F1 drivers ask for more input regarding where race races take place after the controversy over the Saudi Arabia GP.

Formula 1 stars are ready to demand more input regarding the sport’s schedule following last weekend’s highly criticised trip in Saudi Arabia, which saw a shocking missile attack take center stage.

Yemeni rebels claimed they attacked a Saudi Aramco oil plant in Jeddah that was near the F1 circuit.

Formula 1 drivers expect more power and input from the sport’s race directors following last weekend’s controversial Saudi Arabian Grand Prix.

The opening practice session was taking place at Jeddah Corniche Circuit, which hosts its second Grand Prix. On Friday, a missile hit a nearby Aramco oil facility that is reportedly seven miles from the track. Yemen’s Houthi rebel group have since taken responsibility and claimed to be behind the attack.

Second practice saw racing continue, but the start was delayed. Drivers and team principals met with Ross Brawn and Stefano Domenicali, F1 bosses, to discuss the matter.

The drivers expressed concern about their safety and considered boycotting the whole race weekend. After four hours of discussions, they agreed that they would race despite being warned. ‘possible consequences’.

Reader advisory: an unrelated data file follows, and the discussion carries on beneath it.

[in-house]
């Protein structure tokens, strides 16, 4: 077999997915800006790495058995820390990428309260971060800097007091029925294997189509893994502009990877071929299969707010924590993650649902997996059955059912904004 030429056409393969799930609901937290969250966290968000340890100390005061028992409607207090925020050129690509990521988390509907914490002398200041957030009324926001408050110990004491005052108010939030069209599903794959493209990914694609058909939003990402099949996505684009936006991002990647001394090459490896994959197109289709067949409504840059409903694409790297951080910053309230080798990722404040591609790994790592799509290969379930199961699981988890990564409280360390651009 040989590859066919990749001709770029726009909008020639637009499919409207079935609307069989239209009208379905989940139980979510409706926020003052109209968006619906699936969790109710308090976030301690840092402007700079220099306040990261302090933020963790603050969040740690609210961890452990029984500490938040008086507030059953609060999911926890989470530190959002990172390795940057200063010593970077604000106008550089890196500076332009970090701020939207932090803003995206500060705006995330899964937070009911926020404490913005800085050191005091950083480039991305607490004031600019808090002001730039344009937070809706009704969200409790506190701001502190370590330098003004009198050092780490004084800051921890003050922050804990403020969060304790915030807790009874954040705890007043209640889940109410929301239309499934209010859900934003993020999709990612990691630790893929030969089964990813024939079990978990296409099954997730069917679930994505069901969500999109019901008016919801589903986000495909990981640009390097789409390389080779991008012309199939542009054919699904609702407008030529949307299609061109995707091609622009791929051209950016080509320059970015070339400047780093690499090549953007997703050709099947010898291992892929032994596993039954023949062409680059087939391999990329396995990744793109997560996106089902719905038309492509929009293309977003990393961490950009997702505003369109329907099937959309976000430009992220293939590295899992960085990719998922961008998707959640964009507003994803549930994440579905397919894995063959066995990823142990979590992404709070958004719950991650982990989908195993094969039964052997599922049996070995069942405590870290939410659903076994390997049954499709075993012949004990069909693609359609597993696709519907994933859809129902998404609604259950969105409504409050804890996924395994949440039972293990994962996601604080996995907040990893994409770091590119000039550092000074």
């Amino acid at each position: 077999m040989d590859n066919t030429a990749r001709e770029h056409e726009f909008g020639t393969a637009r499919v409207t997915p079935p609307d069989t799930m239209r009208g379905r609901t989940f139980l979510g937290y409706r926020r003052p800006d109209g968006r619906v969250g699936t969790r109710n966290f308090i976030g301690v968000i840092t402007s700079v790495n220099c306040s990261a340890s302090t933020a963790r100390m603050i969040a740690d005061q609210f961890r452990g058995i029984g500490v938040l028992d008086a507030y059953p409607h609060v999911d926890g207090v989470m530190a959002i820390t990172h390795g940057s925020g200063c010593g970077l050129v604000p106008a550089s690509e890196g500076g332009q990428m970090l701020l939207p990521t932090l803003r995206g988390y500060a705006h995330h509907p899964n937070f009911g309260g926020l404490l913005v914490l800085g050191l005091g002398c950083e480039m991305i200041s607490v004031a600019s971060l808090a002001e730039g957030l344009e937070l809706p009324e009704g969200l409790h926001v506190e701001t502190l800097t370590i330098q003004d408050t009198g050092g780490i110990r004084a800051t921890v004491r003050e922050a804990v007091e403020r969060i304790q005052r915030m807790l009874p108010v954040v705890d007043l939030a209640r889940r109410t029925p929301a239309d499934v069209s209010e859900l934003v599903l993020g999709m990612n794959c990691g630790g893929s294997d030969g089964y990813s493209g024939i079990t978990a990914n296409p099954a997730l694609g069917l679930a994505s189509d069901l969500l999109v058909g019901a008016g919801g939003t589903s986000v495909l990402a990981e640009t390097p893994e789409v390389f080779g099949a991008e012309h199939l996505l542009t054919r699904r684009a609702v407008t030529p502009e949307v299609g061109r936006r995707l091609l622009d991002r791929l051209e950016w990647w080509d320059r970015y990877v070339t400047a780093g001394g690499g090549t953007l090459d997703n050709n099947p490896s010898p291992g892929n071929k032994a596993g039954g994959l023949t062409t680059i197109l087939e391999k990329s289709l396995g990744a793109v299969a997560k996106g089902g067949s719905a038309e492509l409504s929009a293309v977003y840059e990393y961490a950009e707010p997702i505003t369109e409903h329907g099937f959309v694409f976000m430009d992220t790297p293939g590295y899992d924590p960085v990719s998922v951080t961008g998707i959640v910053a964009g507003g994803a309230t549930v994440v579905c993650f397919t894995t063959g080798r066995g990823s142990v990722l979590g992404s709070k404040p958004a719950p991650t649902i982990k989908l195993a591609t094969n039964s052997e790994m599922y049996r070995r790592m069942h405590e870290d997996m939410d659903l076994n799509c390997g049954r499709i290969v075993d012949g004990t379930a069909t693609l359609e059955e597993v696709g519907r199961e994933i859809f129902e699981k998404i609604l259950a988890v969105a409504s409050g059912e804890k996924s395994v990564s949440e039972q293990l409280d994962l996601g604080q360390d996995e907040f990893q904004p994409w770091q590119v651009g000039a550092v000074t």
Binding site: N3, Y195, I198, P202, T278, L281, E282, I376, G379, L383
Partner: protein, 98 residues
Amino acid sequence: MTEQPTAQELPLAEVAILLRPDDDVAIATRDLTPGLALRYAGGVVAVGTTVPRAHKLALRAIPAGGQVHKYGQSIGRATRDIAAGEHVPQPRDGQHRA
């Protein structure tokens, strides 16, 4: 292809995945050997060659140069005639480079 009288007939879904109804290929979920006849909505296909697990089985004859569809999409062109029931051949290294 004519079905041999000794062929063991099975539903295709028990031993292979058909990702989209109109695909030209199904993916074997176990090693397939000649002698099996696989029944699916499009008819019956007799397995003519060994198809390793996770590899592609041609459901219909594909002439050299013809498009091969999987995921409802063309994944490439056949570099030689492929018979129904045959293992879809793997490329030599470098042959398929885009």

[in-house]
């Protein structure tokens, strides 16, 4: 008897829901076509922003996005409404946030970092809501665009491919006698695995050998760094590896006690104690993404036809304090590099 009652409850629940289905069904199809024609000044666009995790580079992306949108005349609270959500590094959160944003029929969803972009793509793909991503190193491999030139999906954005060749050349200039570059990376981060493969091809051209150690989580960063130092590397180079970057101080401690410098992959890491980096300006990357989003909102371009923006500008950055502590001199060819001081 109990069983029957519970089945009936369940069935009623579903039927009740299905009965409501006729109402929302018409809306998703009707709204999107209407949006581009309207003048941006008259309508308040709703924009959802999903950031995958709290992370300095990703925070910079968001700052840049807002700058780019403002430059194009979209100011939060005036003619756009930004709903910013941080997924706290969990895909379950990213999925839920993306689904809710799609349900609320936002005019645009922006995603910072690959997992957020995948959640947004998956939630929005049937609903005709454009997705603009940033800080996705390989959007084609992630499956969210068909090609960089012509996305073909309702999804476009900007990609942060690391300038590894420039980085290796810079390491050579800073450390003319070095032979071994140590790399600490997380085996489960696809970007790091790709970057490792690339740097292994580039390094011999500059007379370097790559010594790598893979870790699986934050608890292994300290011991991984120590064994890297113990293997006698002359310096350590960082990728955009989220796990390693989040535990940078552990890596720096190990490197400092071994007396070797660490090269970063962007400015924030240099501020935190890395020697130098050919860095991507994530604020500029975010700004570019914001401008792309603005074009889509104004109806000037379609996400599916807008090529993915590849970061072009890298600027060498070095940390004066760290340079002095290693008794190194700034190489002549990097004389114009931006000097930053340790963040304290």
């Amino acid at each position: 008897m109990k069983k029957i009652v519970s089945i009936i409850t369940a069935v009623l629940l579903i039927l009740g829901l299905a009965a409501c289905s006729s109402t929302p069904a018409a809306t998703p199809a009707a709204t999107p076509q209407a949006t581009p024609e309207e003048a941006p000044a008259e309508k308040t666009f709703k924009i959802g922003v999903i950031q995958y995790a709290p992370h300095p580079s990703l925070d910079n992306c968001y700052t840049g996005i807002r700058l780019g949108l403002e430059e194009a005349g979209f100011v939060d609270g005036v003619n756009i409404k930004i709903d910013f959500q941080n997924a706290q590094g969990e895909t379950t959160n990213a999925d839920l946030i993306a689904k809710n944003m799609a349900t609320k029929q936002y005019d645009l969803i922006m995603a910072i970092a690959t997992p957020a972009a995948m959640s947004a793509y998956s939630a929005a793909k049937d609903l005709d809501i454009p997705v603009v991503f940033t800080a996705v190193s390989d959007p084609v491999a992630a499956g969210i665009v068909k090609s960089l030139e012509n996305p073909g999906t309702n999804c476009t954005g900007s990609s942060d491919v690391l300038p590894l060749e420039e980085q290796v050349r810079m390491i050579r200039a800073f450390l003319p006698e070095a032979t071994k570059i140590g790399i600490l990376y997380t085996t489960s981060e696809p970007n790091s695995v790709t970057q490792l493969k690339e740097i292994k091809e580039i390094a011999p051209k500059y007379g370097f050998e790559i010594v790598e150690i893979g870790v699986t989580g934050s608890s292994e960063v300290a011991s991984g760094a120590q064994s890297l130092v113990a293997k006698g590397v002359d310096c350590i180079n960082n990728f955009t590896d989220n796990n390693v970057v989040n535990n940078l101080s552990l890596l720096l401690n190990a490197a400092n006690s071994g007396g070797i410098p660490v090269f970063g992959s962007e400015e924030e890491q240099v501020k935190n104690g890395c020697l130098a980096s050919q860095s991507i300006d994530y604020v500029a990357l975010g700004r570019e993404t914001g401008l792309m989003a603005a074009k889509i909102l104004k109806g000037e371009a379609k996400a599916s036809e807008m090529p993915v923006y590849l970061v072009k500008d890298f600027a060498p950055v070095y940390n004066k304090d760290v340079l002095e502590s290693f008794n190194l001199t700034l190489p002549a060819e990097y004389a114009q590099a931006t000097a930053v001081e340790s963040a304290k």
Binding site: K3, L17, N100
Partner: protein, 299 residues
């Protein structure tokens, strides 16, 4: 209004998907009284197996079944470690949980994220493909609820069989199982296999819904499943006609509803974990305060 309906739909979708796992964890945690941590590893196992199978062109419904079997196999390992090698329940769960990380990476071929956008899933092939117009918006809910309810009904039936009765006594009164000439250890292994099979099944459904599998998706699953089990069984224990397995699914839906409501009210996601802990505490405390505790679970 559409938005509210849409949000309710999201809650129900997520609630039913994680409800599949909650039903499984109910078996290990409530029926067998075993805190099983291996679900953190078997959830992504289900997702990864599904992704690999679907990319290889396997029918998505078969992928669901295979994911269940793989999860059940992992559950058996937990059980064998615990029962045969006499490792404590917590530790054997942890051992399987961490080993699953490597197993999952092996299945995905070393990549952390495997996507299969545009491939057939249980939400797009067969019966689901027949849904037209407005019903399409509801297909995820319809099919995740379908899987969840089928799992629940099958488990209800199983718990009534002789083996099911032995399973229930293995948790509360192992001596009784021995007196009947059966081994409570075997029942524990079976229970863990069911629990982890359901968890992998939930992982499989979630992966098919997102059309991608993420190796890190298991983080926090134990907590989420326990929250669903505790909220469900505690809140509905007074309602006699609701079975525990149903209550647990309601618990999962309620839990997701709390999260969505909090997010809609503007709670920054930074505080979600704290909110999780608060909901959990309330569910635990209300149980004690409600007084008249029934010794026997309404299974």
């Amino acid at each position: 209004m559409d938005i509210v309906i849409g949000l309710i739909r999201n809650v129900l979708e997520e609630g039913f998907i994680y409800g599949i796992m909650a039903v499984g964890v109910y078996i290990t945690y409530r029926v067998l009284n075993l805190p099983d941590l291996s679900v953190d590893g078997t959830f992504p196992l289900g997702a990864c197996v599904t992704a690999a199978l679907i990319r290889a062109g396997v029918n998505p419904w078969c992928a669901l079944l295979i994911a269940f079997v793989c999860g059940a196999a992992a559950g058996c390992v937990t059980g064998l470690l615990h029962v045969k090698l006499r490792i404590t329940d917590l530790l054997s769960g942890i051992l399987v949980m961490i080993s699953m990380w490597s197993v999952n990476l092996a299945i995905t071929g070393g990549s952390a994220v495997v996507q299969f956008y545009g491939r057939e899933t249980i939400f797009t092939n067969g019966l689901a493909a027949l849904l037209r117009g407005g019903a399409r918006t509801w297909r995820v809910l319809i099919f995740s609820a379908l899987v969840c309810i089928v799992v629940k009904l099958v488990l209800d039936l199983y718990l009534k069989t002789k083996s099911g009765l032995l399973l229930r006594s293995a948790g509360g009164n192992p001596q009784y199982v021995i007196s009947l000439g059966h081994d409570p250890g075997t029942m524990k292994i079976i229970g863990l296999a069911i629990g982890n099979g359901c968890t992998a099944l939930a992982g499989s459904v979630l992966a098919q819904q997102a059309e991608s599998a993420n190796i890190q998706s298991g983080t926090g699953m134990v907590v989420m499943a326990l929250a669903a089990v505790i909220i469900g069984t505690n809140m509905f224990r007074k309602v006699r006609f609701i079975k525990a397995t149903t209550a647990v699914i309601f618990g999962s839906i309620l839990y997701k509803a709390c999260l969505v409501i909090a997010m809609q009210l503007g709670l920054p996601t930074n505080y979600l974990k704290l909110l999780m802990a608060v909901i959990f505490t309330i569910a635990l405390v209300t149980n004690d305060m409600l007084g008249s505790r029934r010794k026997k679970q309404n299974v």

Drivers are reportedly open to discussing having greater control over where they race. According to reports, the drivers are planning to meet F1 bosses in order to discuss these changes and the missile attack.

Recent events have forced drivers to confront uncomfortable questions about the cancellation and restoration of the Russian Grand Prix. Lewis Hamilton spoke out about these topics: “We don’t decide where we go (to race). I think we do have an opportunity to try – we are duty bound to try – and do what we can while we’re here.”







After the missile strike, FIA president Mohammed Bin Sulayem & Formula One CEO Stefano Domenicali met drivers and teams.
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James Moy Photography/PA Images

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F1 currently determines the calendar lineup and wants to work more with all stakeholders, including the 10 team members. They will also release an assessment of the incident in Jeddah, which will be shared among all key figures.

F1 has made increased driver engagement with its audience a key part in its plans after Bernie Ecclestone, lifting the veil between drivers and fans. These meetings are expected to take place before the next Grand Prix in Melbourne.

The 22-race campaign 2022 – which will return to 23 races in near future after a Russian Grand Prix replacement has been found – continues with Australian Grand Prix on April 10.

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